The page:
Friday Wisdom: Eliot Coleman on Organic Farming
“The ‘problem’ with organic farming is that if it is done right, it only makes money for the farmer. It is the same with health which does not make any money for hospitals and the same with peace which does not make any money for war mongers.” – Eliot Coleman
Last night I attended a presentation by Eliot Coleman, a pioneer of the organic farming movement and author of The New Organic Grower, one of the essential handbooks for anyone doing anything related to organic farming. Because of his ingenuity, he runs a farm that produces year-round… in Maine.
The talk was informative and motivating, but it was that specific quote that really drove it all home for me.
In a lecture hall at Agro ParisTech – yes, a farm school in the heart of the French metropolis – the room was full of French farmers and aspiring farmers. The kind of questions that were posed after Coleman’s presentation were complex, clearly proof of the caliber of people that filled the room. Whether or not he used open-pollinated seeds or hybrid. What type of soil working methods he employs. Things that I, with no experience farming, are not my areas of expertise but are fuel for encouraging me to learn more.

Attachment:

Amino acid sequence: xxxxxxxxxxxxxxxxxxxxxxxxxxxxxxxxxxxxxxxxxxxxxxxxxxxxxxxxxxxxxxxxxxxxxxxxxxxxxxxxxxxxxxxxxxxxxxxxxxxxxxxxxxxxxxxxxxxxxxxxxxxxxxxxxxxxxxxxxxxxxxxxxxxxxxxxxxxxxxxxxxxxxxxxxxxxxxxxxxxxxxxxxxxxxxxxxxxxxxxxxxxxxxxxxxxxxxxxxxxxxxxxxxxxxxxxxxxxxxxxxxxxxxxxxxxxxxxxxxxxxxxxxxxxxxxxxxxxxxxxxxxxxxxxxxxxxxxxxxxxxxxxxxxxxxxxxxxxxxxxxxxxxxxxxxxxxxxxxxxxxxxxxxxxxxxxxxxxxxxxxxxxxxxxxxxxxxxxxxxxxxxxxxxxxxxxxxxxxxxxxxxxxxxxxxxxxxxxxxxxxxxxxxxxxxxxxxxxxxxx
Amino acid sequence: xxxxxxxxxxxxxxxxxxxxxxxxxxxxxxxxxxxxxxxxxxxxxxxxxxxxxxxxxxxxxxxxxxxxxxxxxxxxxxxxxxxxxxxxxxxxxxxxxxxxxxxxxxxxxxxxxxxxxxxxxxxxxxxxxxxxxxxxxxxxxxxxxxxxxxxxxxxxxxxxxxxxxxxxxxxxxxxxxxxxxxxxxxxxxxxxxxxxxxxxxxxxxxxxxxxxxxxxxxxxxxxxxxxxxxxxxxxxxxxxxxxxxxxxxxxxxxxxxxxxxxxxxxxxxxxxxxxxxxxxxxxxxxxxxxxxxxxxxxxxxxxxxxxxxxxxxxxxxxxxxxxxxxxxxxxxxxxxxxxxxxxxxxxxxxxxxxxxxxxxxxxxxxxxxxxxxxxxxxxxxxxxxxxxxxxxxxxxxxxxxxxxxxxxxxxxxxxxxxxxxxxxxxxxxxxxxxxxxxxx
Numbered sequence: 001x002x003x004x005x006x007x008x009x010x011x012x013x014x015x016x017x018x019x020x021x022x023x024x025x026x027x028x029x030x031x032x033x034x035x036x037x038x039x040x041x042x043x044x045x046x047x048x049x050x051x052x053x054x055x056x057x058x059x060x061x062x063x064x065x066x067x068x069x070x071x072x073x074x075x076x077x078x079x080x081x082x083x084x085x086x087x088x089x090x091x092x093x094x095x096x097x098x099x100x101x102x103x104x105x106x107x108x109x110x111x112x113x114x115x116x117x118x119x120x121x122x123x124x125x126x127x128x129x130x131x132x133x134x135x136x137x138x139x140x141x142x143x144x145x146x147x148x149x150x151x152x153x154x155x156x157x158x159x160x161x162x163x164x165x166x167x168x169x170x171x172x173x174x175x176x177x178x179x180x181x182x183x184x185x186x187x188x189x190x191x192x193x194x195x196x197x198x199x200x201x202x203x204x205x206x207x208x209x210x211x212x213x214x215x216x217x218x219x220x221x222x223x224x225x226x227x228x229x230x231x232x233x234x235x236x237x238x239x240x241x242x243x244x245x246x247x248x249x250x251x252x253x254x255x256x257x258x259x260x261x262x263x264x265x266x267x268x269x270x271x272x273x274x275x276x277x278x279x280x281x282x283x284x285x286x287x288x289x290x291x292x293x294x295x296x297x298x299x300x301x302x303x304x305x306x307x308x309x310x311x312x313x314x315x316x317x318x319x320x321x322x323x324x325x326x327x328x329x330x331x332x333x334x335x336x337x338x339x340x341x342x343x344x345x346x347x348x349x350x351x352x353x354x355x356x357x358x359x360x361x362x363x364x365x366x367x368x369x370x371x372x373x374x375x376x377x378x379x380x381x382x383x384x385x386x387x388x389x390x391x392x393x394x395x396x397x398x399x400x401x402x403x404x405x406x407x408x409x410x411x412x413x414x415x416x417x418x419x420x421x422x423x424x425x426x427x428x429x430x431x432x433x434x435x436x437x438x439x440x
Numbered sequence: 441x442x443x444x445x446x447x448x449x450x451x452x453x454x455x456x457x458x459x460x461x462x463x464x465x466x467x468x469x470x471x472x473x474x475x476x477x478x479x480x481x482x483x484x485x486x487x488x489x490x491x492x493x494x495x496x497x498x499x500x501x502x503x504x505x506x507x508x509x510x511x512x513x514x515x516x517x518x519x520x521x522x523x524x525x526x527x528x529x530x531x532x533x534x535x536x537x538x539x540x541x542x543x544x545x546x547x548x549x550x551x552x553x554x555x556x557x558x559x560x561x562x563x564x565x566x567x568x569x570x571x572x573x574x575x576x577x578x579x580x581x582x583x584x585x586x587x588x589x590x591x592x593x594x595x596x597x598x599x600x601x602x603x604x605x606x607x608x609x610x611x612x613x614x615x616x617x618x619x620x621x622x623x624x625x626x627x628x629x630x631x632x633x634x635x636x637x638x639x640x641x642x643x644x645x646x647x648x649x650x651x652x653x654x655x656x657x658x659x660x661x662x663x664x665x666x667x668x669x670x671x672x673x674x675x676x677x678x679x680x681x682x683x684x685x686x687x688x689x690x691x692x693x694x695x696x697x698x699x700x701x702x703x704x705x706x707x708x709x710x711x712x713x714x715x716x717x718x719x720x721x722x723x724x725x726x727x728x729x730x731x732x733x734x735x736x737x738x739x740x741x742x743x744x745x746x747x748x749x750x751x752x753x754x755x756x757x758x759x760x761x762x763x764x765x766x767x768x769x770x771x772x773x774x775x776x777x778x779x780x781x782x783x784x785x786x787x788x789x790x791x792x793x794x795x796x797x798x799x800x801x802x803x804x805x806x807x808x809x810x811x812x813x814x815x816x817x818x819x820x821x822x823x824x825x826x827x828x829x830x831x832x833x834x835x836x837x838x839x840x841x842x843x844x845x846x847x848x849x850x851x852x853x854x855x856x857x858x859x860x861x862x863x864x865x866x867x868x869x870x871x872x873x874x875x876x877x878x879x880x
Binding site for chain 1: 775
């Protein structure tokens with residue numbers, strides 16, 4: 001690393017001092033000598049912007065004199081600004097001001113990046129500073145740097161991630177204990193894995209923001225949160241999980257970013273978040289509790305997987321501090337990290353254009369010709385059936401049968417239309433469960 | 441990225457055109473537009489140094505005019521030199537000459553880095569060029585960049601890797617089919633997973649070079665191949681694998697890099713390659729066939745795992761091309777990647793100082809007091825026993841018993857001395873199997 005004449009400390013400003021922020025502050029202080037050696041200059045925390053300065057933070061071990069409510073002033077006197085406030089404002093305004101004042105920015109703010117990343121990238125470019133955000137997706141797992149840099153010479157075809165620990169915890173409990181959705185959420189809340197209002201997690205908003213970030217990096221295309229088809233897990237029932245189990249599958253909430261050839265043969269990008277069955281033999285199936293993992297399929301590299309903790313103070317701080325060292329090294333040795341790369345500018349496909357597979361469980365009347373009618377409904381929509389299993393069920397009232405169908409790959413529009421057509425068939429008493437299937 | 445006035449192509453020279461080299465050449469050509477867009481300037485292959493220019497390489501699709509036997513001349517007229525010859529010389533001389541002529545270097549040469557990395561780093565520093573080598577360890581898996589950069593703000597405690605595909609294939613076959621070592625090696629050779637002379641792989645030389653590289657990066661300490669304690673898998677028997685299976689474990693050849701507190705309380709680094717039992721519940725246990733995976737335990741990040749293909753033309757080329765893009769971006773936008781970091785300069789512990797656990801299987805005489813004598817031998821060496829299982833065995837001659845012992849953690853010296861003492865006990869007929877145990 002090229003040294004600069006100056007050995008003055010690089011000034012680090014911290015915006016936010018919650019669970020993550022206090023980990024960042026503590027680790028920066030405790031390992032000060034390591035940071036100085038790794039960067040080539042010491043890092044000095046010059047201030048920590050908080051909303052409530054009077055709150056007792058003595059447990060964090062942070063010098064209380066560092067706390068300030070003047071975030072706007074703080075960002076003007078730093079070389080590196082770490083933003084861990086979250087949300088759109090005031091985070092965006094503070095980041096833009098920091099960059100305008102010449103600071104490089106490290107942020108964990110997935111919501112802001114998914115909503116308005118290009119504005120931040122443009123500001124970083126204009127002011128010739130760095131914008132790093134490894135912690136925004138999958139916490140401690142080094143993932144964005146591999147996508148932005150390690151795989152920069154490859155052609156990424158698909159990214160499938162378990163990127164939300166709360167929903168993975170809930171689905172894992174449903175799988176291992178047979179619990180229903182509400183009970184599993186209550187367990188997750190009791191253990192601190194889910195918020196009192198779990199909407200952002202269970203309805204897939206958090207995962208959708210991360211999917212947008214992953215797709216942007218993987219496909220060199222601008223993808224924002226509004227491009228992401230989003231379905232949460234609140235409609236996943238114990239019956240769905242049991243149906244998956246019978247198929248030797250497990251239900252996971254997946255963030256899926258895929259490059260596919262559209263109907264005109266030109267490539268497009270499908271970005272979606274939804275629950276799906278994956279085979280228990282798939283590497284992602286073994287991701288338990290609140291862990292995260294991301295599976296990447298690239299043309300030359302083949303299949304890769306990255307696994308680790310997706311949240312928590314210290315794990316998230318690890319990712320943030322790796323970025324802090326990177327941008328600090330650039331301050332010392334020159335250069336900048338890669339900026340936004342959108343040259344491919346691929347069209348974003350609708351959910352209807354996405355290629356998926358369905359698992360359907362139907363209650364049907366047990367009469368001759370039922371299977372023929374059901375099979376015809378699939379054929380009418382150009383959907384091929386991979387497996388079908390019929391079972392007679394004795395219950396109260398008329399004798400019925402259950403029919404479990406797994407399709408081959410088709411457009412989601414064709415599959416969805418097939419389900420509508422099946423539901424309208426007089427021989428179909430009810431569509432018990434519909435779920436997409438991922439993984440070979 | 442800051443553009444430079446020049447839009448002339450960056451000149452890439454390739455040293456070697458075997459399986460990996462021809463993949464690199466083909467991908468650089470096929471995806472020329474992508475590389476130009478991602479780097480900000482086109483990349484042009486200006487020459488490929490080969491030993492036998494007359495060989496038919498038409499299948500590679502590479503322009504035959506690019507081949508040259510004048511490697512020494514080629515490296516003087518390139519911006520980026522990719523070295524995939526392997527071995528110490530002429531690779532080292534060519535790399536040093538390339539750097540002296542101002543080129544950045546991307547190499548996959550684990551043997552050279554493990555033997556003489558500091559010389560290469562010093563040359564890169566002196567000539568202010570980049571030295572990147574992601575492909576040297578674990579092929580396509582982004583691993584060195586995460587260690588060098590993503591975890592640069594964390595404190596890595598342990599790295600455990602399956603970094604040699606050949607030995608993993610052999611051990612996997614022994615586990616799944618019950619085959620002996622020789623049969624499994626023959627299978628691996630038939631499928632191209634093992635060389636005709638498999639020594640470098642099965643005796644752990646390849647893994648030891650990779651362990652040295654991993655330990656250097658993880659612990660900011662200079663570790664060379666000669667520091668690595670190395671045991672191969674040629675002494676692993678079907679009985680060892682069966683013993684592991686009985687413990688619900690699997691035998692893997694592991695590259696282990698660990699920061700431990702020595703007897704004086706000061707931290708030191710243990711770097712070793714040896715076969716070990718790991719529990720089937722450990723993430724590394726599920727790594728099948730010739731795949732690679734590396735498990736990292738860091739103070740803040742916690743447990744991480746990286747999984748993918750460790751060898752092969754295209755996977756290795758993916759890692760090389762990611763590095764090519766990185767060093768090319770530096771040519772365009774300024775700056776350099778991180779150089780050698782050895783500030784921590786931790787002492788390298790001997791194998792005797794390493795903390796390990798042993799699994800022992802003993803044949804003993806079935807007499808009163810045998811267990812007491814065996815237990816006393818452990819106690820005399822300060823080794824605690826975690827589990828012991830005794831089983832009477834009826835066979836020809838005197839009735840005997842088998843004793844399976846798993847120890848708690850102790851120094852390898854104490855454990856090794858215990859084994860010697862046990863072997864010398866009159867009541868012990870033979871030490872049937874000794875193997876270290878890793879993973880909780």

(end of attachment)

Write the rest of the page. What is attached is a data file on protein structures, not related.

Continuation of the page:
Then someone asked the obvious: if Coleman, who had no formal agricultural training could get a successful organic farming operation off the ground and running, why don’t we see more of it on a larger scale. And there was Coleman’s answer; essentially that, while organic farming only makes money for the farmer, big business farming is, well, a business. No market for fertilizer companies, no market for all the huge machinery used on large-scale operations… the list goes on.
There’s money to be had, and when there’s money to be had, change does not come from the top down, it comes from the bottom up, people like Coleman devoted to doing the right thing, for himself, for his community and for the planet. As Gandhi once said, “be the change you want to see in the world.”